If any part of your portfolio has been exposed to the international capital markets over the past few years, you know that it has very handily under-performed an all domestic allocation. So why go global when an all domestic portfolio would have done a decent enough job. Two reasons – diversification and the potential to generate greater returns…OVER TIME.
US corporations represent about 50% of the global stock market capitalization with the other half and oftentimes faster growing companies found abroad.
Ignoring that much of capitalism outside our shores is foolish but that does not mean we go crazy and allocate say 50% of our investment dollars to the international stock and bond markets though capital markets theory would clearly espouse that. Studies have shown that equity allocation in the 30-40% range would be just optimal, enabling us to take advantage of lower correlations in performance between the domestic and international asset classes in our re-balancing efforts.
And to stress on that correlation thingy, US markets will not always outperform. Asset class returns rotate from time to time between different geographic regions and market capitalizations as shown in the table below.
A global portfolio historically has made us more money than a US only portfolio and there is no reason to believe that will not continue. The table below shows the growth in the value of $1000 if invested in US, Asia-Pacific and European regions by themselves as well as a global portfolio invested in all three regions in equal parts.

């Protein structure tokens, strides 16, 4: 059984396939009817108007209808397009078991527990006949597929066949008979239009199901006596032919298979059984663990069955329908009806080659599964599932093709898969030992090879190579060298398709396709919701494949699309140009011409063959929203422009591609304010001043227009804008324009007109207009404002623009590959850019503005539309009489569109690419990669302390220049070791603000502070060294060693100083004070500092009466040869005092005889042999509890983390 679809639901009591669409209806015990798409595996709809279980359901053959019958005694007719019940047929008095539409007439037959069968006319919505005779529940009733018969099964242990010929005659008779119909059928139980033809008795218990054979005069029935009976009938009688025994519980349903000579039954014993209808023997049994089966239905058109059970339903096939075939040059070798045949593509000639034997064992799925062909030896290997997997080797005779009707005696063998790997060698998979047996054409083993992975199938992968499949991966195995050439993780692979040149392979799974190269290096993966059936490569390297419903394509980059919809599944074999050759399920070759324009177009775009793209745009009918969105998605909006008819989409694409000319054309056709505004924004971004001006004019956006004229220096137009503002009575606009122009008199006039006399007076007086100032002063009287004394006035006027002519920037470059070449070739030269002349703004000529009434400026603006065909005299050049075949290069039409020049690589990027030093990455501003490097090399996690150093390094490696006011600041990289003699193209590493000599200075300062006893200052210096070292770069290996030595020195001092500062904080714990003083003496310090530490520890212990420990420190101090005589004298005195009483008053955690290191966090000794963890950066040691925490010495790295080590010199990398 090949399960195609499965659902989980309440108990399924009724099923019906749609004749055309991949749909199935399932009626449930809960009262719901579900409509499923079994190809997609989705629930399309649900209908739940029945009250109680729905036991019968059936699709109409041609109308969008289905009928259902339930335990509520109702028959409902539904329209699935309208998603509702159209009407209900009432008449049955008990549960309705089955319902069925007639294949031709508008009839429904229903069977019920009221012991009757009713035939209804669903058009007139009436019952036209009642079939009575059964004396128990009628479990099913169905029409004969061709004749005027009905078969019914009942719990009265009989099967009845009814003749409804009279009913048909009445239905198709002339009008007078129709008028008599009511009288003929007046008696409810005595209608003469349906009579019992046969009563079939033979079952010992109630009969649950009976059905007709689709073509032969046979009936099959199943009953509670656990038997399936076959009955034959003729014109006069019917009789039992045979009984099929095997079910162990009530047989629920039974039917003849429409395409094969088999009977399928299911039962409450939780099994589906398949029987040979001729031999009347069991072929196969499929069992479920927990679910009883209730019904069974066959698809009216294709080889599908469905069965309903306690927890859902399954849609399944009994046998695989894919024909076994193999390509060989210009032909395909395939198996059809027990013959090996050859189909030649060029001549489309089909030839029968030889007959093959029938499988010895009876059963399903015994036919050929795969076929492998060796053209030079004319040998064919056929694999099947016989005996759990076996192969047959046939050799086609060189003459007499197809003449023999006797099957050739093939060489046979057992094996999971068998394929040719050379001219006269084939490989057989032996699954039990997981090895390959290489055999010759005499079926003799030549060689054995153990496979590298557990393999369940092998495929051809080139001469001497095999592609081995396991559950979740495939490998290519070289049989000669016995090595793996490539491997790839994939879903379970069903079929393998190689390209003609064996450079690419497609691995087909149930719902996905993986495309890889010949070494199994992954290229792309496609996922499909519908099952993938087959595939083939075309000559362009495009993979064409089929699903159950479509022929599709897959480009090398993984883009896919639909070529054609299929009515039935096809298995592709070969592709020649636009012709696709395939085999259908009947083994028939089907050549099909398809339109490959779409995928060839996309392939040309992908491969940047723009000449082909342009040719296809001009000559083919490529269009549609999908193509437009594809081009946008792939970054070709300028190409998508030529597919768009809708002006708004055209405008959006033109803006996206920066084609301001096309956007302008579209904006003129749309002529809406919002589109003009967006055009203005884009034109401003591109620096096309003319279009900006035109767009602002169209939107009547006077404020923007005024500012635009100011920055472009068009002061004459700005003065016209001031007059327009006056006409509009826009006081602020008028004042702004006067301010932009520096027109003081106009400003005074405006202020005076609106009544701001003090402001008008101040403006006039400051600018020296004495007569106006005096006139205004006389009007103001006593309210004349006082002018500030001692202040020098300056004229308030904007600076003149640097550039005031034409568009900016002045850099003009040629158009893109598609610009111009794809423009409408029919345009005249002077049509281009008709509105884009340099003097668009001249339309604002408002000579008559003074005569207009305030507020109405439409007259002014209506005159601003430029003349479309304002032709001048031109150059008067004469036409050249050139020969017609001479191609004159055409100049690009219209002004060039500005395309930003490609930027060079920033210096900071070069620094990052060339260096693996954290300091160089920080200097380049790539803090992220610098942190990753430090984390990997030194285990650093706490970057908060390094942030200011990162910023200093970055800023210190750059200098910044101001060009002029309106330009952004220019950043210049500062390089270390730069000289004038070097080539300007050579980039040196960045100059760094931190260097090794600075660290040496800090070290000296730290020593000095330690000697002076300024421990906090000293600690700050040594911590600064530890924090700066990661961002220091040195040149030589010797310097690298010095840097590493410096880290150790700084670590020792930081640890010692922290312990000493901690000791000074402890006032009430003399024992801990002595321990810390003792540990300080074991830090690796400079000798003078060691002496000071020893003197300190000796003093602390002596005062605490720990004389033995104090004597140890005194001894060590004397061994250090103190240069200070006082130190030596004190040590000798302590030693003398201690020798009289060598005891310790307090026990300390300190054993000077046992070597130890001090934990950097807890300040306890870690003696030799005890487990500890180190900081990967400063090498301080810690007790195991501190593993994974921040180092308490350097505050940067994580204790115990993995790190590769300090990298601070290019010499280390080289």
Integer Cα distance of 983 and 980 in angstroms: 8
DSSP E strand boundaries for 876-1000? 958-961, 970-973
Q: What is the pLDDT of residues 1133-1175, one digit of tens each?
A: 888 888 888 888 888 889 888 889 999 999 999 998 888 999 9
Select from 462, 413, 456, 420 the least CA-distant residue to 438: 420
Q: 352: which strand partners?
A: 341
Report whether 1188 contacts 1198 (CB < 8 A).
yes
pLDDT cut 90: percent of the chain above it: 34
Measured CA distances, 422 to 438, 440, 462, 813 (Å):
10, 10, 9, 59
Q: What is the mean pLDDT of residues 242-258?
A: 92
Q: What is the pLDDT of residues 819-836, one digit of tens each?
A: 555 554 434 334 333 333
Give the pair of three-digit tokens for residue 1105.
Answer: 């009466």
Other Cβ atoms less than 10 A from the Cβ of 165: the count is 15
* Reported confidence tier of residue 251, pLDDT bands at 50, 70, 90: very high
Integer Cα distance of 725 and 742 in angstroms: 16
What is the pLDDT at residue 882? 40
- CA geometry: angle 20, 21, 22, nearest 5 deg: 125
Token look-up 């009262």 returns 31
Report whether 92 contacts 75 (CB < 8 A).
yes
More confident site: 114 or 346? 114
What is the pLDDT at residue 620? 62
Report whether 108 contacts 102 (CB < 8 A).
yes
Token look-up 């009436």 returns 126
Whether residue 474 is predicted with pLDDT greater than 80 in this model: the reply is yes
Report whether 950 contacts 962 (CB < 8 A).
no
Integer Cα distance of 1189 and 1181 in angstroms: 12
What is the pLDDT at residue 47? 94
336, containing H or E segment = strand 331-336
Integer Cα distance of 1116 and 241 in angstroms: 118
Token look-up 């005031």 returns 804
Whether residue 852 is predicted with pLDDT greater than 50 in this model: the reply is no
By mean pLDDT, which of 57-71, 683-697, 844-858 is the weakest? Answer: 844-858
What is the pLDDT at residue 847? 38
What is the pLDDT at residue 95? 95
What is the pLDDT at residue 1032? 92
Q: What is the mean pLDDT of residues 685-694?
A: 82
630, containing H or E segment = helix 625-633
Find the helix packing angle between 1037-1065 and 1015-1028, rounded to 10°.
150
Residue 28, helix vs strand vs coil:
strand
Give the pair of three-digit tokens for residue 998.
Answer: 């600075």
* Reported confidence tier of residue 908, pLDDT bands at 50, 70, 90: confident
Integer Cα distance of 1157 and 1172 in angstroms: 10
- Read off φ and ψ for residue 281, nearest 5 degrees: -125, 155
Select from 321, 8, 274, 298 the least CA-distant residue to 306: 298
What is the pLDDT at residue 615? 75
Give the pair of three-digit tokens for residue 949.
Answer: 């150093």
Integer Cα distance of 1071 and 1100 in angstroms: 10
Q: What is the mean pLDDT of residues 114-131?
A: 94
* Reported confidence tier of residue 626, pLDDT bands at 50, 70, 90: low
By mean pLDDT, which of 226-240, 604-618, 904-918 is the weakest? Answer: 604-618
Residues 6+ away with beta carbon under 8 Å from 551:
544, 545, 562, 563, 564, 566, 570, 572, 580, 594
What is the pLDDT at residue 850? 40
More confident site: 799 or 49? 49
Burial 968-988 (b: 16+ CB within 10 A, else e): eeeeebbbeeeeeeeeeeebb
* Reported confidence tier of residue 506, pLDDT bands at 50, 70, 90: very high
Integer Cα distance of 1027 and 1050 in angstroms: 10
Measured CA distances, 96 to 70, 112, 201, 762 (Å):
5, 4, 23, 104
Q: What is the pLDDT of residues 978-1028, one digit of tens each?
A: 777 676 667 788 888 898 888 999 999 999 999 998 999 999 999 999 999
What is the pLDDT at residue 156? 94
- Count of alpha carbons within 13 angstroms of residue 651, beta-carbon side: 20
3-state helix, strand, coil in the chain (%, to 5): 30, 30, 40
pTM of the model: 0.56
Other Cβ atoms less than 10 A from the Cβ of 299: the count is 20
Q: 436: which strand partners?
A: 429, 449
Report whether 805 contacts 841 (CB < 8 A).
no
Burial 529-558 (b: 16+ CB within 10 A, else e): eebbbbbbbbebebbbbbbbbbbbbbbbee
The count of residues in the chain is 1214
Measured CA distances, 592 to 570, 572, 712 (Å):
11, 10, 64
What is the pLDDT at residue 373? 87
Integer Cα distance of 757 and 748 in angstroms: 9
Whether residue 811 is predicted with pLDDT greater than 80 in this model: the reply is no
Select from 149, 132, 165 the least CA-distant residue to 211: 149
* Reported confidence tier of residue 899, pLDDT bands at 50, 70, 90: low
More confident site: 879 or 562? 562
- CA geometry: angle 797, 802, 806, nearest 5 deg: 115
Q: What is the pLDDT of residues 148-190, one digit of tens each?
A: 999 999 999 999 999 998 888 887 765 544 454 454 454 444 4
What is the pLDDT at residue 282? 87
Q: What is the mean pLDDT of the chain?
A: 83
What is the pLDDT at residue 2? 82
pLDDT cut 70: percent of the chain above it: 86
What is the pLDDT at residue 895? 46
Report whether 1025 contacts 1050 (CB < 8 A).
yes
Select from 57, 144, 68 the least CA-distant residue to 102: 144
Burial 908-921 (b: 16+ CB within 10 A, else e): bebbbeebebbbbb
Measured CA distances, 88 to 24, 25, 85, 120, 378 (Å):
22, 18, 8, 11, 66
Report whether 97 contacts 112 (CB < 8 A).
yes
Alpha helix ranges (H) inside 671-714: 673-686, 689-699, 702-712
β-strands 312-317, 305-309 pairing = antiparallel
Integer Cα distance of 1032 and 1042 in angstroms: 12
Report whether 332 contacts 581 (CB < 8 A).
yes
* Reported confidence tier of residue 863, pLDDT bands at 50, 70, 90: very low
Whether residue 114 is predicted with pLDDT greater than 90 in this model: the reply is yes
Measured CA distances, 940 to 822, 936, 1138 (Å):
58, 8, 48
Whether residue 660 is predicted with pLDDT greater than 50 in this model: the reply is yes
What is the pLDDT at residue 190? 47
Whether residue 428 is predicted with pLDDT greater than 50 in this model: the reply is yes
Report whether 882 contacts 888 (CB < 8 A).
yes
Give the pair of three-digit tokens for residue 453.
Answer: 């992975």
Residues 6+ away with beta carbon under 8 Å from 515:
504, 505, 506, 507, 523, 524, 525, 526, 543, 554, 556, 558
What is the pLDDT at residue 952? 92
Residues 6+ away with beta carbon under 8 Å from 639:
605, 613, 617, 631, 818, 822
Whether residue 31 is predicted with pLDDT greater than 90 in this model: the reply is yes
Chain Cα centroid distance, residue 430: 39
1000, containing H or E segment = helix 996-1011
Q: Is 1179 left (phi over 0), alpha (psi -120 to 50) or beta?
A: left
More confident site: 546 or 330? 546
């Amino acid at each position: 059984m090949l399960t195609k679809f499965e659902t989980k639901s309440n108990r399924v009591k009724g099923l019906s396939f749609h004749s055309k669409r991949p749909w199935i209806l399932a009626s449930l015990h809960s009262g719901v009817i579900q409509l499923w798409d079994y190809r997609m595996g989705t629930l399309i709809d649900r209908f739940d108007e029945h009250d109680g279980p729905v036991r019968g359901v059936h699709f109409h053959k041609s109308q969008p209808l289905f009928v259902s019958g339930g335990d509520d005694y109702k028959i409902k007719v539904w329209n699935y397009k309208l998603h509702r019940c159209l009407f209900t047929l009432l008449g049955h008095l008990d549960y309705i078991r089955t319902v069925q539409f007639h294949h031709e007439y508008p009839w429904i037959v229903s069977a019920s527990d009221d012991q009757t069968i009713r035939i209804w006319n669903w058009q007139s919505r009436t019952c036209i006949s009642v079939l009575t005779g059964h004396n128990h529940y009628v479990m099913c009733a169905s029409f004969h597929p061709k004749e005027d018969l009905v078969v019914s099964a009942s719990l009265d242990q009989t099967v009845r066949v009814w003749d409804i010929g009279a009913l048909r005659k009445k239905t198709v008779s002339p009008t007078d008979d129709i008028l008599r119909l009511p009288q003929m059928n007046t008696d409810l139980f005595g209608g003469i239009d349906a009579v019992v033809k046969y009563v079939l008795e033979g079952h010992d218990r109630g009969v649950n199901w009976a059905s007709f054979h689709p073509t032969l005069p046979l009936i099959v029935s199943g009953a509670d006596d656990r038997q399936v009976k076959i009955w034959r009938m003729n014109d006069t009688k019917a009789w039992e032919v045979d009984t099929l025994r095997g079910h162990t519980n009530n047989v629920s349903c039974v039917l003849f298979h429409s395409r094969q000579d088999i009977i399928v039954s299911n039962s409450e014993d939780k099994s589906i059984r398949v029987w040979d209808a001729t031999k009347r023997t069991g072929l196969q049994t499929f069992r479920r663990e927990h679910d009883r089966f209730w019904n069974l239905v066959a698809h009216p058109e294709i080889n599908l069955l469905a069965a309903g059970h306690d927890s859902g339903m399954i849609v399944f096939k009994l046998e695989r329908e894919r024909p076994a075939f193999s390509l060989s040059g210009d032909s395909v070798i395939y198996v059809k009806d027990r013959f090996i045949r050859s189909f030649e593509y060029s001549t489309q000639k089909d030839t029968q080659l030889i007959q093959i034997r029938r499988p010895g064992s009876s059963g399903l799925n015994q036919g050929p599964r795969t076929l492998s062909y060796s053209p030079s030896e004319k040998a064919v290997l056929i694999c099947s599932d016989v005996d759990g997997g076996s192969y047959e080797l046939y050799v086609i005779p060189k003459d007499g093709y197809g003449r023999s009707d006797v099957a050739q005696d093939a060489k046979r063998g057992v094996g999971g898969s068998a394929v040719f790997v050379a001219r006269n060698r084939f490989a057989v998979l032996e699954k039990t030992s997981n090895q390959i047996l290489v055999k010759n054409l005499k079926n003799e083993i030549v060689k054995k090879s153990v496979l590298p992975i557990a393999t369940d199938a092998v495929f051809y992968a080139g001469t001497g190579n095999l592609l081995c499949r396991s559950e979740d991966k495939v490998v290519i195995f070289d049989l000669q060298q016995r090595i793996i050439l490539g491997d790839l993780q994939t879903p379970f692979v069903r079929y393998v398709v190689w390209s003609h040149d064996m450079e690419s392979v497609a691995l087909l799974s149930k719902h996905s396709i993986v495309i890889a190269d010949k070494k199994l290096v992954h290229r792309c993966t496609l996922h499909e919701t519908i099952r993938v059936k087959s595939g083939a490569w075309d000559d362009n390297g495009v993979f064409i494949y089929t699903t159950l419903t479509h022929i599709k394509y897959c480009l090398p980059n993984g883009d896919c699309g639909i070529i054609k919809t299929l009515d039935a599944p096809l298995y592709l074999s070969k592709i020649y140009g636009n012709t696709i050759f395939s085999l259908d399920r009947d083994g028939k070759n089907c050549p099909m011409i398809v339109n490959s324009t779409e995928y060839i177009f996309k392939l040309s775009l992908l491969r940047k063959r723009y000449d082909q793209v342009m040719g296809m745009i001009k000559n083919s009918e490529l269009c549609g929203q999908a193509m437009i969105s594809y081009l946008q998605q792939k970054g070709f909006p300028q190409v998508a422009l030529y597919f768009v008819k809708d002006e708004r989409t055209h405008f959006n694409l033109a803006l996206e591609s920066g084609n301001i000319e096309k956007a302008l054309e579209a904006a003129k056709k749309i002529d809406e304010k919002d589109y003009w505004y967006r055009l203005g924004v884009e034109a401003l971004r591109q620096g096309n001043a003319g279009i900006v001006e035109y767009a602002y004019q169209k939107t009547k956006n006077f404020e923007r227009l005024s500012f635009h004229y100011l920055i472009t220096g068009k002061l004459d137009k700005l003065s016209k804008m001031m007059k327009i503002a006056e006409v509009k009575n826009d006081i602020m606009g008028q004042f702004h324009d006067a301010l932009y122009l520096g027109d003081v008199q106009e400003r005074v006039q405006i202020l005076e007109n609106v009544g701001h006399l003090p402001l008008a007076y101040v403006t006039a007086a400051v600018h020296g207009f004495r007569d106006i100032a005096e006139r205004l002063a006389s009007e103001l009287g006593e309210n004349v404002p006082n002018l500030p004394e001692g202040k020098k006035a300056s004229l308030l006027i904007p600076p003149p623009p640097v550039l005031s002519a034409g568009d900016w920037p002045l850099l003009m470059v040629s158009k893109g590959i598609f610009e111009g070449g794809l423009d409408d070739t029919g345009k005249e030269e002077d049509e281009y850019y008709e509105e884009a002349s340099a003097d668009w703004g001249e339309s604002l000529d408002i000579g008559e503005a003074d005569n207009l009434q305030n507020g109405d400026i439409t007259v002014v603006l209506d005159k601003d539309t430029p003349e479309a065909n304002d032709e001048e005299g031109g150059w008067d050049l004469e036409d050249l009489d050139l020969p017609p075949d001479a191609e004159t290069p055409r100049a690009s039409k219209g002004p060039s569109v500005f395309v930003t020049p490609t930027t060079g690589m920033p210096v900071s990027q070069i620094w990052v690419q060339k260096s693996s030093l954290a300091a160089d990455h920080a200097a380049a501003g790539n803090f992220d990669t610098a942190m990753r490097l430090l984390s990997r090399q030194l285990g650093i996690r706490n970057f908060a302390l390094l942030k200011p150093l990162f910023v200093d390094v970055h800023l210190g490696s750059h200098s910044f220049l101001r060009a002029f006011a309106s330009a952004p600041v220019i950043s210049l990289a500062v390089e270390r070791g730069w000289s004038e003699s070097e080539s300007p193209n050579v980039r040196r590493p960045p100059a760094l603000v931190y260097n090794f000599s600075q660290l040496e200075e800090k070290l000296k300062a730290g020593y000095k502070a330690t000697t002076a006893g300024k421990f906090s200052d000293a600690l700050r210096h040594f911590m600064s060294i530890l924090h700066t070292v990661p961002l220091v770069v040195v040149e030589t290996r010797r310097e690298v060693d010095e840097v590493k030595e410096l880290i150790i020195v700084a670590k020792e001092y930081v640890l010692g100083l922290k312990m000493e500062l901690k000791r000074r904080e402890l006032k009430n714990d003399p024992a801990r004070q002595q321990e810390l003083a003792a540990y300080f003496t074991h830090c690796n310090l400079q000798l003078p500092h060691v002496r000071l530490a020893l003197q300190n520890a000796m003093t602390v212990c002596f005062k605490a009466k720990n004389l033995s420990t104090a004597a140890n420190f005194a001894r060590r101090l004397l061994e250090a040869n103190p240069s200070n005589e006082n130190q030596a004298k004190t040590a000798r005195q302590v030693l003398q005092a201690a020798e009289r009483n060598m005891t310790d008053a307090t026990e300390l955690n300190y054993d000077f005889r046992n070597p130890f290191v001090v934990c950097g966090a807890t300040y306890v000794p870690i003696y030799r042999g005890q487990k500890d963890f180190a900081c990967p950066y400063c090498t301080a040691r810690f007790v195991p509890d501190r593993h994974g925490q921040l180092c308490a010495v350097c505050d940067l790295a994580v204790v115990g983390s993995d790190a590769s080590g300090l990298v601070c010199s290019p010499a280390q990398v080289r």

And then there is the relative valuation differences between US and international stocks. US-based stocks today are almost twice as expensive as stocks of companies based in other parts of the world. To some extent, that valuation difference is explained by the relative economic under-performance of other regions as compared to that of US but that could change and it will change with time. We want to be there before that happens. When of course don’t know when that will happen and we don’t care.
One last word on diversification…you are only truly diversified if you find some pieces of your portfolio under-performing others from time to time. A truly balanced portfolio is always going to have an asset class or two that’s out of sync with the winner(s) in the portfolio. That’s the risk optimization trade-off you have to live with. The mistake most investors make is abandoning diversification right before they need it the most. Unfortunately, the markets don’t run on a set schedule to tell us when the cycle of returns will change course and hence we have to remain invested.
So we don’t mind this temporary under-performance and so shouldn’t you.
Image credit – Pixabay